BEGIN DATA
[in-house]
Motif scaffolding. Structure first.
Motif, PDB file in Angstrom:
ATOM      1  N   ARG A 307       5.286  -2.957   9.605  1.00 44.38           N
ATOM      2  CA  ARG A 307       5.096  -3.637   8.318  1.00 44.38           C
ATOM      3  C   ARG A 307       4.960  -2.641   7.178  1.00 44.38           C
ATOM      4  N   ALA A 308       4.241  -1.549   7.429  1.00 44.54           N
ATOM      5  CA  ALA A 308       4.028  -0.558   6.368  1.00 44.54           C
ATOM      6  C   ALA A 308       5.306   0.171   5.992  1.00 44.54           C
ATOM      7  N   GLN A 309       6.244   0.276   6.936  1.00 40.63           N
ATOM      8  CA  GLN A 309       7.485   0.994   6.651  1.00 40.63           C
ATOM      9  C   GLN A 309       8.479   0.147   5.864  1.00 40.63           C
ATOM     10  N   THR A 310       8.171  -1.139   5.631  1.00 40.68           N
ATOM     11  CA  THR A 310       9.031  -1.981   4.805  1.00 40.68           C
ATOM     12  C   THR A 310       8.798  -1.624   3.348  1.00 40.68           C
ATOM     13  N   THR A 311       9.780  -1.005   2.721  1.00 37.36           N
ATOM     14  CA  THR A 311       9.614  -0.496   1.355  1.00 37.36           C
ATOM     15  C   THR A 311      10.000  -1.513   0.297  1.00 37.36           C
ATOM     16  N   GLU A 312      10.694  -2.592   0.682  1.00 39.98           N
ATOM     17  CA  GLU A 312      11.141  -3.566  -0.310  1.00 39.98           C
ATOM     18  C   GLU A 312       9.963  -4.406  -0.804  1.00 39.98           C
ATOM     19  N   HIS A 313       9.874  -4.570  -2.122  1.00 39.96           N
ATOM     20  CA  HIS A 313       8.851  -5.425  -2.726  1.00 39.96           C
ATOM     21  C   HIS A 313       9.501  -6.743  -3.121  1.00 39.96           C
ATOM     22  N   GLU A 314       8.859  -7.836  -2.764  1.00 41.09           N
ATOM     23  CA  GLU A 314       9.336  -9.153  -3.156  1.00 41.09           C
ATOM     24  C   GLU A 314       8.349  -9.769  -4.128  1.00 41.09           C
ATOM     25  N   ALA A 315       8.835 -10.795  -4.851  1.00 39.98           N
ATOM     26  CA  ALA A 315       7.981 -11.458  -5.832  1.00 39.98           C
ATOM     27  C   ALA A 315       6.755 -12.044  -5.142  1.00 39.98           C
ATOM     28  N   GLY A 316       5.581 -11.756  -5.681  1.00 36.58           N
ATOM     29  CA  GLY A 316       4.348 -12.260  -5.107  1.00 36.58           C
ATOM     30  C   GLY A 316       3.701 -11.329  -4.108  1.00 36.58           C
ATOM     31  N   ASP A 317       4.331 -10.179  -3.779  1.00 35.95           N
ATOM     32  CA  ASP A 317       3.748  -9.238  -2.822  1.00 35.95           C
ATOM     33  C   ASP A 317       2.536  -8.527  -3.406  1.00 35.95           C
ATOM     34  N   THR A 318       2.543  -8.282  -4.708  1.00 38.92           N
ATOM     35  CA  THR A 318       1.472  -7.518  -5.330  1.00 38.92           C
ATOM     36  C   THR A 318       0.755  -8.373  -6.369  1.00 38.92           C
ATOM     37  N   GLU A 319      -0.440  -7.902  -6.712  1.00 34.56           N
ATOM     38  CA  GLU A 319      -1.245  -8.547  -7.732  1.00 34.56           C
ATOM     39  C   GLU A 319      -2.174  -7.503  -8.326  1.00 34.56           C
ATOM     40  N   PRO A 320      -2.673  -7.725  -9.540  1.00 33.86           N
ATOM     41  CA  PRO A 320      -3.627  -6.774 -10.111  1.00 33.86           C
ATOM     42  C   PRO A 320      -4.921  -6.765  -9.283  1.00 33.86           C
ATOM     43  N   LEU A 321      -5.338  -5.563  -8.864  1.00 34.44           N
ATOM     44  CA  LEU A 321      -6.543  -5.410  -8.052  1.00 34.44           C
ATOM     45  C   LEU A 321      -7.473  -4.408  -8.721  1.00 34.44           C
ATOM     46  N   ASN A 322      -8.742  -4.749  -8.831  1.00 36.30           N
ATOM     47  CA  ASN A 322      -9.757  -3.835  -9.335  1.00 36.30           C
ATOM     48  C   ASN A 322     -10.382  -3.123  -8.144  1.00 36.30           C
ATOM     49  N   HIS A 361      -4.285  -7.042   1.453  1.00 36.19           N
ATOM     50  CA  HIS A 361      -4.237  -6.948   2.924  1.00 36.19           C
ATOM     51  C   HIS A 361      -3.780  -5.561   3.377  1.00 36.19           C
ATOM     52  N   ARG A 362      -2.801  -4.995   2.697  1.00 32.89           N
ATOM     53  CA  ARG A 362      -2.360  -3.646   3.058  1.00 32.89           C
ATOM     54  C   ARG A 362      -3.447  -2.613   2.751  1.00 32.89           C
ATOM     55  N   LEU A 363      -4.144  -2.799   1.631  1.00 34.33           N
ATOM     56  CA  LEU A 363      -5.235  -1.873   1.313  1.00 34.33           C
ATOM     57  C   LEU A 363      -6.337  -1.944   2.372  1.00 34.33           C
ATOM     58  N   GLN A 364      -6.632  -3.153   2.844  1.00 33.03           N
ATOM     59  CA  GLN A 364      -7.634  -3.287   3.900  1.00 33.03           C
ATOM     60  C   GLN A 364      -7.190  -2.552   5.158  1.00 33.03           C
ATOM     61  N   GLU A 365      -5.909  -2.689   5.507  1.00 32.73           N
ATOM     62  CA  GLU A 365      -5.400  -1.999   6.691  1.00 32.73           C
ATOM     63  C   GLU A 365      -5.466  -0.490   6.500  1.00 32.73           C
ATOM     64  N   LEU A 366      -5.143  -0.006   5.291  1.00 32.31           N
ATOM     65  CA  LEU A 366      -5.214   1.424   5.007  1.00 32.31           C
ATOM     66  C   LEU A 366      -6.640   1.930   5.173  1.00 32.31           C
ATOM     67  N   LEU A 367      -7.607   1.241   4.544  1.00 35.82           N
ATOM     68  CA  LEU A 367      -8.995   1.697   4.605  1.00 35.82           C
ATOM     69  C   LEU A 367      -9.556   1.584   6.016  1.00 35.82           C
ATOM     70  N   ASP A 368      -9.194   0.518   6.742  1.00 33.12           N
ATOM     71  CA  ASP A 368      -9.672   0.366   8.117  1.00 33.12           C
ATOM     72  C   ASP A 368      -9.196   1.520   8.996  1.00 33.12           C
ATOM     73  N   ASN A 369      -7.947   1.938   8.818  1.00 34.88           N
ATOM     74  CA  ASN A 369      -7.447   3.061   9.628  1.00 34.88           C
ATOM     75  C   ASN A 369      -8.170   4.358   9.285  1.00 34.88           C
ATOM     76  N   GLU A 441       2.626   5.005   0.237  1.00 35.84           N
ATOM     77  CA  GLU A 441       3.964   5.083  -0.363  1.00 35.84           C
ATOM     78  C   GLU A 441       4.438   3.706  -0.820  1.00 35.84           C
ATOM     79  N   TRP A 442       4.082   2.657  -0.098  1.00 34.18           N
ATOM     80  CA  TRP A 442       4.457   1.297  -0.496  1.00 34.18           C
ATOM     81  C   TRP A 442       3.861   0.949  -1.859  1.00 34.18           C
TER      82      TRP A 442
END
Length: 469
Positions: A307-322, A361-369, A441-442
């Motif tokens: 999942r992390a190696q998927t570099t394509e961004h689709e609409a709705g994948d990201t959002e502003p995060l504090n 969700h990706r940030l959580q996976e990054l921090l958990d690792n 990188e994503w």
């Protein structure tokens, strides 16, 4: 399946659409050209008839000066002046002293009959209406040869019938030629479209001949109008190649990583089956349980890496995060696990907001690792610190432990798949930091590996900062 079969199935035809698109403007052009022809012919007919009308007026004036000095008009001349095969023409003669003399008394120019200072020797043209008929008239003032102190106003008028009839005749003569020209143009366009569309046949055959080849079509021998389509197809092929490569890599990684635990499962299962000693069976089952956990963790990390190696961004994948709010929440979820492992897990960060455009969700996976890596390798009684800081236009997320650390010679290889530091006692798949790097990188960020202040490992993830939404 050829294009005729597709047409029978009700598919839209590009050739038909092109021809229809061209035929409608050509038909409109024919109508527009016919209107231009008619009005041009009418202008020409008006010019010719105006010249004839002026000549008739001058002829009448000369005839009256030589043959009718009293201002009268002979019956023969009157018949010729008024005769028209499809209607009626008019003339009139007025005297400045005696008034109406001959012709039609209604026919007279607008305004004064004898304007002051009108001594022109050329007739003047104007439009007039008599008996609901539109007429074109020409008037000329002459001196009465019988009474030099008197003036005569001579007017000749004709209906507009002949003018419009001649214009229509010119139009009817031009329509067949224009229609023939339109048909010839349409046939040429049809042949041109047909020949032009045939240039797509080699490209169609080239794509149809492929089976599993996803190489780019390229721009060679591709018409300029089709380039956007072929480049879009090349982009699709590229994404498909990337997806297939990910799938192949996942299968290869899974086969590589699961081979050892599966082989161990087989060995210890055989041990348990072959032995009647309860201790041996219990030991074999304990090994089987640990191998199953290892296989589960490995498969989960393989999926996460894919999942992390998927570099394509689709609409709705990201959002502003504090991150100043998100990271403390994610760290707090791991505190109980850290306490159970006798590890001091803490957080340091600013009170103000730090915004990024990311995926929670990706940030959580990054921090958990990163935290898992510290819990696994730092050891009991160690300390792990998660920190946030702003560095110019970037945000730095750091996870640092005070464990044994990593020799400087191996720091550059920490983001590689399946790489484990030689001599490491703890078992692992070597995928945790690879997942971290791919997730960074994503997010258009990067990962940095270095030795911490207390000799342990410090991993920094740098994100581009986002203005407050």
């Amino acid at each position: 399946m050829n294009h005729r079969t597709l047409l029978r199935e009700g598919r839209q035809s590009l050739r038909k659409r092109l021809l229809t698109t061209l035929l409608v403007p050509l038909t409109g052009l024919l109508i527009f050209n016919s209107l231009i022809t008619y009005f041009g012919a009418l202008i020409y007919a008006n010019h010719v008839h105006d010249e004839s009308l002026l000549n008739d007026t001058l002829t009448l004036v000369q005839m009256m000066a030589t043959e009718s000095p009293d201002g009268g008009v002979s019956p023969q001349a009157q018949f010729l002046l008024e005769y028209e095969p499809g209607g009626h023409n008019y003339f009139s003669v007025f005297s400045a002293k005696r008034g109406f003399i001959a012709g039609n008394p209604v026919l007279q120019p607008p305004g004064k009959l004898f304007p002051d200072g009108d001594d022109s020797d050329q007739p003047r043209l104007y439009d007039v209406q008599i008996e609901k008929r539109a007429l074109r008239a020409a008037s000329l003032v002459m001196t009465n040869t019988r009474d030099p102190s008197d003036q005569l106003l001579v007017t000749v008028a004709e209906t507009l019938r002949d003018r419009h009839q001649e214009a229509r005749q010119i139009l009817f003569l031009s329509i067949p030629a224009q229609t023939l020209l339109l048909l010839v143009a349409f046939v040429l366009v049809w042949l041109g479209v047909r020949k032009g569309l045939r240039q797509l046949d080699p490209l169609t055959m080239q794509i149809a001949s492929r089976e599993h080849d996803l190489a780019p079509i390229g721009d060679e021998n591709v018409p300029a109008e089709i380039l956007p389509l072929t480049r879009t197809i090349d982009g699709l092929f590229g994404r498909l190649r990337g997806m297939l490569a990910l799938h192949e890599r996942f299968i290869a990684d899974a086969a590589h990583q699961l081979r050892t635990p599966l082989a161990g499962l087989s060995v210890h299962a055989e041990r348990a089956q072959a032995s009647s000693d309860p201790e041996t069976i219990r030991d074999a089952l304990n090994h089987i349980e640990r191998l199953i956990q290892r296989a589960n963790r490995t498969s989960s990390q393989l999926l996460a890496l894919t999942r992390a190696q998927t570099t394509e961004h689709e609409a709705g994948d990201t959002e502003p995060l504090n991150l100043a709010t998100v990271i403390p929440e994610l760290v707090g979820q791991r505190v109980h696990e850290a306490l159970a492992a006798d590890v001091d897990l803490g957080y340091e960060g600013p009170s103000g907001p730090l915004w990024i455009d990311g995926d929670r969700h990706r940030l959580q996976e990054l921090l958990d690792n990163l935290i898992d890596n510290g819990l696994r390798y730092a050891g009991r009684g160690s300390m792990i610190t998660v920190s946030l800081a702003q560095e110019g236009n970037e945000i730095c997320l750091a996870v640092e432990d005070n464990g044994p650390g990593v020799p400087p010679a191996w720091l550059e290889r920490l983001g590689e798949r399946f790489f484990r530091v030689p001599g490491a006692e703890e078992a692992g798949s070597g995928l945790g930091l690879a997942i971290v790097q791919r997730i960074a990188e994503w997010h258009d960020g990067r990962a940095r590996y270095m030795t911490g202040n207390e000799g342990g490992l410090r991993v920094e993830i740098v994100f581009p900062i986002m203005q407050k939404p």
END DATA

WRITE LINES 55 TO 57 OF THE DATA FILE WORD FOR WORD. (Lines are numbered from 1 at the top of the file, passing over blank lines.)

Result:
ATOM     52  N   ARG A 362      -2.801  -4.995   2.697  1.00 32.89           N
ATOM     53  CA  ARG A 362      -2.360  -3.646   3.058  1.00 32.89           C
ATOM     54  C   ARG A 362      -3.447  -2.613   2.751  1.00 32.89           C